When it comes to telling time, Makers like to go beyond simply reading moving hands or looking at a digital display. In Imgur user Grahamvinyl’s case, that’s a slick word clock comprised of a walnut veneer, clear epoxy, LEDs, letters, and Arduino.

Grahamvinyl cut the clock from the back of an acoustic guitar and sides, and then strung together individually addressable RGB strips. A matrix of letters in Art Deco font spell out the time horizontally. Pieces of spraypainted 1/4-inch MDF act as dividers (so the color doesn’t bleed from one letter to the next), and a sheet of wax paper diffuses the light.

I haven’t seen another word clock designed the same way: clear epoxy holds the interior of the letters in place, so I didn’t need to use a stencil font.

The display changes every five minutes, and counts two minutes before and after the actual time (e.g. 10:13 and 10:17). Meanwhile, numbers that take longer to spell out such as “fifteen” are shown as “quarter past.”

The Arduino Uno-controlled clock also has a button on its side that allows it to show the numerical time—from far away, you’ll notice the illuminated letters actually create the shapes of numbers. The hours show up dimmer, the minutes brighter. Another push reveals the numerical date in the same fashion. You can even program it to flash a special message on your birthday.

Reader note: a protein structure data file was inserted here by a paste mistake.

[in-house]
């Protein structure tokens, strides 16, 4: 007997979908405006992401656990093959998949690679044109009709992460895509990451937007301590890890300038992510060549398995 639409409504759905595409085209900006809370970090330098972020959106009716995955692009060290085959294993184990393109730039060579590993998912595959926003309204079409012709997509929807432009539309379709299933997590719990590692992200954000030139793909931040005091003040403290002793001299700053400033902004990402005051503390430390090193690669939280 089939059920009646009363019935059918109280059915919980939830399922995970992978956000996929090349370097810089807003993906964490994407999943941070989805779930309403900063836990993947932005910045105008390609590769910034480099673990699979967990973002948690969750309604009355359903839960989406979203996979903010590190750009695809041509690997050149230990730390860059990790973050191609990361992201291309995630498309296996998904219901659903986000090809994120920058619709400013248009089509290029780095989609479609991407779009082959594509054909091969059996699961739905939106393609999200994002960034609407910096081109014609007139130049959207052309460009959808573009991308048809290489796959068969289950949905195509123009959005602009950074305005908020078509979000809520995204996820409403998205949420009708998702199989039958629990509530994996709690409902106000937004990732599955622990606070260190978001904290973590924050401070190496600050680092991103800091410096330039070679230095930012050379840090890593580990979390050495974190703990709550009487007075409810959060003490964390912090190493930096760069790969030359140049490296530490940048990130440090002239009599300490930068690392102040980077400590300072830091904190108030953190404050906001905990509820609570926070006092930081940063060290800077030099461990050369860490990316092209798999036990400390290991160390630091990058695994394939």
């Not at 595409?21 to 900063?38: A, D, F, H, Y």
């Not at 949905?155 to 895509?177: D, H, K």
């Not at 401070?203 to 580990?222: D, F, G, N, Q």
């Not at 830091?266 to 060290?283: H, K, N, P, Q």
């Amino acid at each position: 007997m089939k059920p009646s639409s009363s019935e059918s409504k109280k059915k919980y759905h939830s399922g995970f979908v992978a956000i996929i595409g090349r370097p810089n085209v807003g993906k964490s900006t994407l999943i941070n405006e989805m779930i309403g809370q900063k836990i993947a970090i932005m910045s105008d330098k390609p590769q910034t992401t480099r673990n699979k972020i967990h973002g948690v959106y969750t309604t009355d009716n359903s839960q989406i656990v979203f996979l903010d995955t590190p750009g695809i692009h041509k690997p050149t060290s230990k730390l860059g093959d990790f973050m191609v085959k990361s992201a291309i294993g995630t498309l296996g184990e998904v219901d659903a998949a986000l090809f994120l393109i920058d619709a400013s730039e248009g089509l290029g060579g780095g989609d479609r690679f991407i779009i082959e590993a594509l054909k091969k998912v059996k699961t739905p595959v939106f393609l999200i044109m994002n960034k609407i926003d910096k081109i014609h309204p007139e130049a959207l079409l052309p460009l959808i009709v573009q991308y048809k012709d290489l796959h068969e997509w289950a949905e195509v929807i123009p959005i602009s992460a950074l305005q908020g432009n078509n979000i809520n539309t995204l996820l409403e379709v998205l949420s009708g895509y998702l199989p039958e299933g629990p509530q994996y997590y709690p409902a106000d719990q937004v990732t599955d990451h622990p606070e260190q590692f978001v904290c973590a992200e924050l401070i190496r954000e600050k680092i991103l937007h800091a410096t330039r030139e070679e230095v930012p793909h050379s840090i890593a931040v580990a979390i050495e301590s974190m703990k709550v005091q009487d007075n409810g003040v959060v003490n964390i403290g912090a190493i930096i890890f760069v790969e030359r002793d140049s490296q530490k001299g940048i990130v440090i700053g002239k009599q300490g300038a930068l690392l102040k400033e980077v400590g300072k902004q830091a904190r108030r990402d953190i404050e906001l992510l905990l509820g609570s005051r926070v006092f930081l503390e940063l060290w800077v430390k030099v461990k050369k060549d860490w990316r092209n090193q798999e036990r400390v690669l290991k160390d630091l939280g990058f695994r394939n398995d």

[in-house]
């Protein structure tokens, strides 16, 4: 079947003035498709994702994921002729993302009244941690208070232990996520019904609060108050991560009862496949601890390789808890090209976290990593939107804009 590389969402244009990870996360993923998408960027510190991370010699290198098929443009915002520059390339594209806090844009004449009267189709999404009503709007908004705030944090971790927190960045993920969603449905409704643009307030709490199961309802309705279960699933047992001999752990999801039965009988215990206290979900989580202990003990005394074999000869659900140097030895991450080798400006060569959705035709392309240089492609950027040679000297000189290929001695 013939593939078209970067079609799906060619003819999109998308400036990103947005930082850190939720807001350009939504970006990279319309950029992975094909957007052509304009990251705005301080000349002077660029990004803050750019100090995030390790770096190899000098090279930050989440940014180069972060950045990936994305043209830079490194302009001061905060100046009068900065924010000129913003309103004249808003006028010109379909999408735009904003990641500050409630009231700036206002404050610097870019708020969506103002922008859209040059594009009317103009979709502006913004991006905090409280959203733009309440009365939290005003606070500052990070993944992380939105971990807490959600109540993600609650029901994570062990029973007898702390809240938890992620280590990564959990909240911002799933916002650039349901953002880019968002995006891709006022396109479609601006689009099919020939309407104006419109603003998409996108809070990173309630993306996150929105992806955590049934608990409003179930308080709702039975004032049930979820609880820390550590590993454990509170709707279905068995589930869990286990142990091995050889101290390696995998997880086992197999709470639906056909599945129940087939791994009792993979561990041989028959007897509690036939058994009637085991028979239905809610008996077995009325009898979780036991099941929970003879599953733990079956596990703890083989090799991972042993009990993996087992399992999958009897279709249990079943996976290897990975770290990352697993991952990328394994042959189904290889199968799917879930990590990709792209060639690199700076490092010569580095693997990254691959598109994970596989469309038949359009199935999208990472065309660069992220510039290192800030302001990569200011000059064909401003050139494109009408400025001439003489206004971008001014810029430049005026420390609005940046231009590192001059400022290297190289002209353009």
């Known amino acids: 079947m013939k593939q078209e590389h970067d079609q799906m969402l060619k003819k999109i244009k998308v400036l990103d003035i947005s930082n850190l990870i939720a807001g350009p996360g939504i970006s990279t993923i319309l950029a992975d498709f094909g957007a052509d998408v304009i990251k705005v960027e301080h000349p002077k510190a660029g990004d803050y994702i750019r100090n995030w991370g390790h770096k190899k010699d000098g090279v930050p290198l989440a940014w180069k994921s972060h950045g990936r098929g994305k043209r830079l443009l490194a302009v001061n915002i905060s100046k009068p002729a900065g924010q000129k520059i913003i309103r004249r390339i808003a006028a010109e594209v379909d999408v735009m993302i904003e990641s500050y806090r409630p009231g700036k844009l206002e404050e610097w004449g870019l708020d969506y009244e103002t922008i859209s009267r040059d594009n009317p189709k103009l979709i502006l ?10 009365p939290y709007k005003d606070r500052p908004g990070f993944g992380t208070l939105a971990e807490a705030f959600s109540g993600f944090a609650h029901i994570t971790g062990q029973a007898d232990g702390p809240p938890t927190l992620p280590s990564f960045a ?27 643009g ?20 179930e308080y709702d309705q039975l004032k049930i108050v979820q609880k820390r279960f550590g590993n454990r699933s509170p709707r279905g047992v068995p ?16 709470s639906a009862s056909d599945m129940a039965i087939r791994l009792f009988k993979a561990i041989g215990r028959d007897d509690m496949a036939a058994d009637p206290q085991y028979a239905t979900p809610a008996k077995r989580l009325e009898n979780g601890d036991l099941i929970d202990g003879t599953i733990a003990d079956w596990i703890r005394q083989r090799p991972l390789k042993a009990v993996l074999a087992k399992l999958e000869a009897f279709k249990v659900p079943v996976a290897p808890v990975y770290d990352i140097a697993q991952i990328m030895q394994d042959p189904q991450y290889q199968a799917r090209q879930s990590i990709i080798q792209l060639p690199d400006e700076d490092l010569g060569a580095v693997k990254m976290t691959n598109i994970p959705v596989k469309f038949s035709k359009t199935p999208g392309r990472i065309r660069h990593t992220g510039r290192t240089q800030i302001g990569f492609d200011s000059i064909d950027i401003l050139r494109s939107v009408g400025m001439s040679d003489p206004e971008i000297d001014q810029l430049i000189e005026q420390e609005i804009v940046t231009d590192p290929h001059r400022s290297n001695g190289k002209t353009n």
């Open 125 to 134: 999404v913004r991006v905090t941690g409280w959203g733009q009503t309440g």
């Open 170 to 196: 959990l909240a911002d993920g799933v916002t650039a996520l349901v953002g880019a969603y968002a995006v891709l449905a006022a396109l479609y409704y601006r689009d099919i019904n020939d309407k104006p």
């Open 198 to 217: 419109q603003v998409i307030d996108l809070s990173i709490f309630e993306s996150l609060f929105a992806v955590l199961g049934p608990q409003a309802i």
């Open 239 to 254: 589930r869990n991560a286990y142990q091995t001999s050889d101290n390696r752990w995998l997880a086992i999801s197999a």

Grahamvinyl notes that there are three buttons in total, each wired to an input on the Arduino. Right now, however, only the top one is functional. The idea is to eventually have the bottom two cycle through colors or set the time. Beyond that, the Maker hooked up a USB connection to the clock so that it would be easily programmable.

Interested in building your own word clock? Check out more images on Imgur, and find the code on GitHub.

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Teaching the Word Clock Some New Tricks

3d printed, arduino, arduino hacks, Arduino Yún, clock hacks, LED, lpd8806, neopixel, RGB LED, word clock Commenti disabilitati su Teaching the Word Clock Some New Tricks 

wordclock2014

[Joakim] has built a clock that spells out the time in words. Wait a second – word clock, what is this, 2009? Word clocks are one of those projects that have become timeless. When we see a build that stands out, we make sure to write it up. [Joakim's] clock is special for a number of reasons. The time is spelled out in Norwegian, and since the clock is a birthday gift for [Daniel], [Joakim] added the his full name to the clock’s repertoire.